Updates for Fedora Core 4: sed (bug fix).

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rPath updates

Updates for rPath Linux 1: conary, conary-build, conary-repository (Conary 1.0.26 maintenance release), PIL (works with freetype), vconfig (move to /sbin), vsftpd (depend on the "nobody" user), conary, conary-build, conary-repository (Conary 1.0.27 maintenance release).

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Slackware updates

There have been many changes to Slackware-current this week. Bugs fixed, packages upgraded, and so on. KDE 3.5.4 is in, as is Firefox and Seamonkey 1.0.4. The linux- kernel packages are in testing. See the change log for complete details.

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Trustix update

Various bugs have been fixed in cpplus, perl-dbd-mysql and perl-dbd-pg for TSL 2.2 & 3.0.

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Ubuntu updates

Updates for Ubuntu 6.06: ia32-libs-gtk 16.1, nautilus 2.14.3-0ubuntu1, gnome-screensaver 2.14.3-0ubuntu1, kubuntu-docs 6.06-12, cupsys 1.2.2-0ubuntu0.6.06, language-selector, base-files 3.1.9ubuntu7.1, 2.0.3-4dapper2, ubiquity 1.0.15, 2.0.3-4dapper2-1, pango1.0 1.12.3-0ubuntu2, gst-plugins-base0.10 0.10.7-0ubuntu5, language-pack-gnome-es-base 1:6.06+20060725.1, language-pack-es-base 1:6.06+20060725.1, language-pack-kde-es-base 1:6.06+20060725.1, ubuntu-meta 0.120, pango1.0 1.12.3-0ubuntu3, ia32-libs-gtk 16.2, app-install-data-commercial 5, matplotlib 0.82-5ubuntu2.1, ubiquity 1.0.16, gfxboot-theme-ubuntu 0.1.27, kubuntu-meta 0.86, edubuntu-meta 0.81, ubiquity 1.0.17, debian-installer-utils 1.22ubuntu10, debian-installer 20051026ubuntu36.6.

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Newsletters and articles of interest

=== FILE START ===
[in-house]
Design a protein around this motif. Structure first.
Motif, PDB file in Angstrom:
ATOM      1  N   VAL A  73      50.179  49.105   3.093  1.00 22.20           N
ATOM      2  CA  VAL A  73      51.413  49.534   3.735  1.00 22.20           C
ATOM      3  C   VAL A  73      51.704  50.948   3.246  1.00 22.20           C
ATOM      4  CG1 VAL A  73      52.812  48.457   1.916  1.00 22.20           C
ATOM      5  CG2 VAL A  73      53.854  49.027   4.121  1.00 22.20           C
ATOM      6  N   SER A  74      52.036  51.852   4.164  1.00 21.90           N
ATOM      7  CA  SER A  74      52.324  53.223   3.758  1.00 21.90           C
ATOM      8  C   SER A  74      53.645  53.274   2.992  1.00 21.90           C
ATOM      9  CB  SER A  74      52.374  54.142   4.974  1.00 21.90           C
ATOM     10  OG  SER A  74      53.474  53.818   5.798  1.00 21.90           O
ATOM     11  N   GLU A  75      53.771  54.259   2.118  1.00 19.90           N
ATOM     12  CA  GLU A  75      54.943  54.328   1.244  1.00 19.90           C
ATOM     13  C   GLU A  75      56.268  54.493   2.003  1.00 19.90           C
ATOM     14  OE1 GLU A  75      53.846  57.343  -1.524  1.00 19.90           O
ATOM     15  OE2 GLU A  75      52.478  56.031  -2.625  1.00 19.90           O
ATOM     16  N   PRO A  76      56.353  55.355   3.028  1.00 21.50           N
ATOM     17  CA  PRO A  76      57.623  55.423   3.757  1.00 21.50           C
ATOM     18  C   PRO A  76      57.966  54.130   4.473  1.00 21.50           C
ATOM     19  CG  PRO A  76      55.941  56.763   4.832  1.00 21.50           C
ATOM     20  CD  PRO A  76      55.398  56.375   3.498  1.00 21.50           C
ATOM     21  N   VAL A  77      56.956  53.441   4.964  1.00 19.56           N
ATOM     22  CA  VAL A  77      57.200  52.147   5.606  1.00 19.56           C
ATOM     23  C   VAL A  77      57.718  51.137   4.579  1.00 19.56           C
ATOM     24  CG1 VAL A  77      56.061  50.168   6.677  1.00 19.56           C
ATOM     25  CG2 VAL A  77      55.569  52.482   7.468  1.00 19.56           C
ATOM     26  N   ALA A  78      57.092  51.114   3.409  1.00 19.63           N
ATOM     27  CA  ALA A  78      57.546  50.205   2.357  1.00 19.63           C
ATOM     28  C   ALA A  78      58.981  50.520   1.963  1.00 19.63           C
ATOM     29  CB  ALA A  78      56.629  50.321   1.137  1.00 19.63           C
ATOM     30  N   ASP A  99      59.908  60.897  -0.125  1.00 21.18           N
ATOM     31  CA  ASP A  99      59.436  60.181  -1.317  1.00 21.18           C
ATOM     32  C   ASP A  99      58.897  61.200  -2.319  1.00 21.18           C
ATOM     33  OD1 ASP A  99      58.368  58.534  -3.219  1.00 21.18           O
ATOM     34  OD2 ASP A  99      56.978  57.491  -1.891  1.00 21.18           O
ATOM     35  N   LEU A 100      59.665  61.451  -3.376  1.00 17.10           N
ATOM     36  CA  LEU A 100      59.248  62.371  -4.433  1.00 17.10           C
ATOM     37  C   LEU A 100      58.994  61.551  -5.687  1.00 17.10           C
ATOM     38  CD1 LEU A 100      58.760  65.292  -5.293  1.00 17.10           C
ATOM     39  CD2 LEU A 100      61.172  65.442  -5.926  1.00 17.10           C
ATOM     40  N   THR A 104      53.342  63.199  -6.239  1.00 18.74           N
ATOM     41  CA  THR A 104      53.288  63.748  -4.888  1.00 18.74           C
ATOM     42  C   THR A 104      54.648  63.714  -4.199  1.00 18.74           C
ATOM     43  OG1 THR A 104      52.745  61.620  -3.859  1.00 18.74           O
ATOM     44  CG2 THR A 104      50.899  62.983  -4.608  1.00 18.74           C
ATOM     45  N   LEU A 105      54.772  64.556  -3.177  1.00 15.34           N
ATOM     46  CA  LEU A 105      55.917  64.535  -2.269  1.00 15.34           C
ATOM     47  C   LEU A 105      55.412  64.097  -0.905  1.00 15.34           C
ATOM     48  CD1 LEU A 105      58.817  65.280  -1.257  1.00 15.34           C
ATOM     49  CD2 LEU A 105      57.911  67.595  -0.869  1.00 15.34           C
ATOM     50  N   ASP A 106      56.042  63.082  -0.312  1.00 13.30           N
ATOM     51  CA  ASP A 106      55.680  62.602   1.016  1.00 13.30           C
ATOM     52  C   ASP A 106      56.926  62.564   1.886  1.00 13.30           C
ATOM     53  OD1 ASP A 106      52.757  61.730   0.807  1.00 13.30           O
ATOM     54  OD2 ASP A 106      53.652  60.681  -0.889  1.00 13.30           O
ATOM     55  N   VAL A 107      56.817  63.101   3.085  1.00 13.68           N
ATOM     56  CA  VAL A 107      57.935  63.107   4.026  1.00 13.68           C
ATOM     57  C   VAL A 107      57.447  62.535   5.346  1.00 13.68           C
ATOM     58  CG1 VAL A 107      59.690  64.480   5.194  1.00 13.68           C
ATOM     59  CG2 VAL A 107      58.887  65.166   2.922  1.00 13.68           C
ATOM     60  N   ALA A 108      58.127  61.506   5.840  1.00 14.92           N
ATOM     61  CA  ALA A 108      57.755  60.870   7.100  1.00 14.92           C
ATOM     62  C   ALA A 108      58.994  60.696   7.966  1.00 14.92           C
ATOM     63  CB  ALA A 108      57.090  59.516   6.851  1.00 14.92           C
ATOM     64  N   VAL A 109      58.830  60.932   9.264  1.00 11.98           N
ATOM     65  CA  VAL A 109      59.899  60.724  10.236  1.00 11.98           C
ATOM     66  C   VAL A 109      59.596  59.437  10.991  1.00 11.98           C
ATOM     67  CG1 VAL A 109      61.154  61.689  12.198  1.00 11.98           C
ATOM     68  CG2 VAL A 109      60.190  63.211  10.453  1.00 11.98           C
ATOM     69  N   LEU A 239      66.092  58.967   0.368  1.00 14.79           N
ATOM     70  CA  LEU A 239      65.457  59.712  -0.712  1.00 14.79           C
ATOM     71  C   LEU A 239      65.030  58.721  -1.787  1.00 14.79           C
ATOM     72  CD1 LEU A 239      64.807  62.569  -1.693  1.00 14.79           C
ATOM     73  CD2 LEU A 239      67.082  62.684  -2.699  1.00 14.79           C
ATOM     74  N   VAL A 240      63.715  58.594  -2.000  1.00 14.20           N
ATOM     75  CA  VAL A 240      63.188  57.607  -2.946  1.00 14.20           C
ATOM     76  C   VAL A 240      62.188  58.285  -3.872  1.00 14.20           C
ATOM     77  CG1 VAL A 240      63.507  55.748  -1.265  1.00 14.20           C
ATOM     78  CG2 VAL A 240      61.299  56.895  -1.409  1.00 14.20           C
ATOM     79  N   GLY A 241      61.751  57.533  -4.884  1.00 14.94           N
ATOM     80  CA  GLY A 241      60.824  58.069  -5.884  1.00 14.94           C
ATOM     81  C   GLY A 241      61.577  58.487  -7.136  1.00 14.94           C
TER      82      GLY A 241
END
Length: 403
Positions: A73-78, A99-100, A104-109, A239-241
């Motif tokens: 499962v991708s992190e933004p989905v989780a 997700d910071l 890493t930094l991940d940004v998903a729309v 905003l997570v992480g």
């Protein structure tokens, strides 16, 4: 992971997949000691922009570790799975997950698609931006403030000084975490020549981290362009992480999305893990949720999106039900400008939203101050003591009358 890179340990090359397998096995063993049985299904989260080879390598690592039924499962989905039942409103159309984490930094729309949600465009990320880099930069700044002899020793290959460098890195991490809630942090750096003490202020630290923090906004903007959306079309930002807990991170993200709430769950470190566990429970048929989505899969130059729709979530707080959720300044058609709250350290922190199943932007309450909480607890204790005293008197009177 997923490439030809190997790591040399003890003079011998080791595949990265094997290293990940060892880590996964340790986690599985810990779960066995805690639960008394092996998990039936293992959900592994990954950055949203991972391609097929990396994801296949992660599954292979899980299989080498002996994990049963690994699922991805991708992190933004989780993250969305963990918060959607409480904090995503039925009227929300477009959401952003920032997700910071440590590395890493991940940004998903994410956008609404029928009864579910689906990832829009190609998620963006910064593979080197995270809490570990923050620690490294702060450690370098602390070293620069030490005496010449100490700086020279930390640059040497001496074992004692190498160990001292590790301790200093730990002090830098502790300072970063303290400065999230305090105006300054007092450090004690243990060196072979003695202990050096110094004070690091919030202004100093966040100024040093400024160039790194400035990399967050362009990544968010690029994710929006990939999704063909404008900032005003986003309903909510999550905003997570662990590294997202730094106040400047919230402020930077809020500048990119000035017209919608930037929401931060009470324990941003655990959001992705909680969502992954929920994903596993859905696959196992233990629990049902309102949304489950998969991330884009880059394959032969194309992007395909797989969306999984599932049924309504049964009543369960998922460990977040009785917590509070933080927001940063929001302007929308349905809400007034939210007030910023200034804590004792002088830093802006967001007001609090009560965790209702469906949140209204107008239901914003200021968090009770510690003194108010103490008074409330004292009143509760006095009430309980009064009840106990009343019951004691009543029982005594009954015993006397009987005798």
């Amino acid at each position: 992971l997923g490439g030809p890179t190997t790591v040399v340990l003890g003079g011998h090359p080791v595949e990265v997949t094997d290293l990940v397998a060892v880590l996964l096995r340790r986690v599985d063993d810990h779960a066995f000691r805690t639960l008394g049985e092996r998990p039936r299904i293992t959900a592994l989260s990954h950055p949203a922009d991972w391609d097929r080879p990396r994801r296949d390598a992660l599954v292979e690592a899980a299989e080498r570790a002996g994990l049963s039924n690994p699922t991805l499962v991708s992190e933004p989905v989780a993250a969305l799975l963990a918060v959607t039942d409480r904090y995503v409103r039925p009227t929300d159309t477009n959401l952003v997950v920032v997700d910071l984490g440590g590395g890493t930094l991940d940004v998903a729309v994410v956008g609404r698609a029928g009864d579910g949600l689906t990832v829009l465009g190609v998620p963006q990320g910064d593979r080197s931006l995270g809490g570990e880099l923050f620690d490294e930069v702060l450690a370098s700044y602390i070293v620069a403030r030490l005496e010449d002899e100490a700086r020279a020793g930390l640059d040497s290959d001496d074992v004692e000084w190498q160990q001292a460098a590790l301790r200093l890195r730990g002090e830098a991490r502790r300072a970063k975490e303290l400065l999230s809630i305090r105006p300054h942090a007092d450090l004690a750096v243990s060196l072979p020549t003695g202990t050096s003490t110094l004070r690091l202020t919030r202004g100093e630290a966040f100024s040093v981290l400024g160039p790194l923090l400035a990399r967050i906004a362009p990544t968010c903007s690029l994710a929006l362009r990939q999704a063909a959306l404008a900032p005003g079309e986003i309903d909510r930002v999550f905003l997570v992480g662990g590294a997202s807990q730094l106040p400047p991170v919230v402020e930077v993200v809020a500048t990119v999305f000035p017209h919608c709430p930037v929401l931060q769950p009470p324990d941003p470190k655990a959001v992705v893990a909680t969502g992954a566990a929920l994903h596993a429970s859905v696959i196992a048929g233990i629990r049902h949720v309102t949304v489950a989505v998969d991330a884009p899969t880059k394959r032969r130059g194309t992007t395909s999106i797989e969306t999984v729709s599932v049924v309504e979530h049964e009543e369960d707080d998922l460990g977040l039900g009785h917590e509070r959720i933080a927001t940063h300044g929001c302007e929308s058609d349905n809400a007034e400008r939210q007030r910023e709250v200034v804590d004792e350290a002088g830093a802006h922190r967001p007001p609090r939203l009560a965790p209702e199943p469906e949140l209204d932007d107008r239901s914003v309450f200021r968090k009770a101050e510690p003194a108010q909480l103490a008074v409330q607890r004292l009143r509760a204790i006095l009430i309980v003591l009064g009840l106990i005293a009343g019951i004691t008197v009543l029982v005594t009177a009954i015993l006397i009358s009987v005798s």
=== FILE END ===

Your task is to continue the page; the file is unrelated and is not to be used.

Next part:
Building a Desktop Firewall (O'ReillyNet)

Dru Lavigne covers a quick firewall for your FreeBSD system. "Everyone knows that you should be behind a firewall whenever you go online. However, not everyone knows that it's easy to create a personal firewall for a FreeBSD (or PC-BSD or DesktopBSD) system. This article shows how even a casual home user can get a firewall up and running in about ten minutes. Like all of the BSDs, FreeBSD has always been security conscious. It offers several built-in firewalls to choose from: ipfw, ipf, and pf. I use pf because it is built into all of the BSDs, including OpenBSD, NetBSD, and DragonFly BSD."

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Novell removes proprietary software from its Linux distribution ( covers Novell's new policy of removing proprietary software from its Linux distributions. "This is to prevent any legal hassles for their users and corporate customers. The company recently launched SuSE Linux Enterprise 10 server and desktop under the GNU General Public License and they are prohibiting Linux distributors from shipping the open-source operating system with proprietary software that hooks to the Linux kernel. These applications usually are proprietary drivers used to run video cards, sound cards, printers or other devices."

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Distribution reviews

PCLinuxOS 0.93a MiniMe (TuxMachines)

TuxMachines reviews PCLinuxOS 0.93a MiniMe. "New graphics, a great new kernel, and lots and lots of updates equal a wonderful offering. The first new aspect noticed is the boot screen. PCLinuxOS now uses grub to feature many new boot options. One of these is the copy2ram feature where it copies the cd to memory and runs from there. You can pull the cd out of the drive and continue to use the computer. It runs very fast from memory because it doen't have to access the cd anymore."

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Page editor: Rebecca Sobol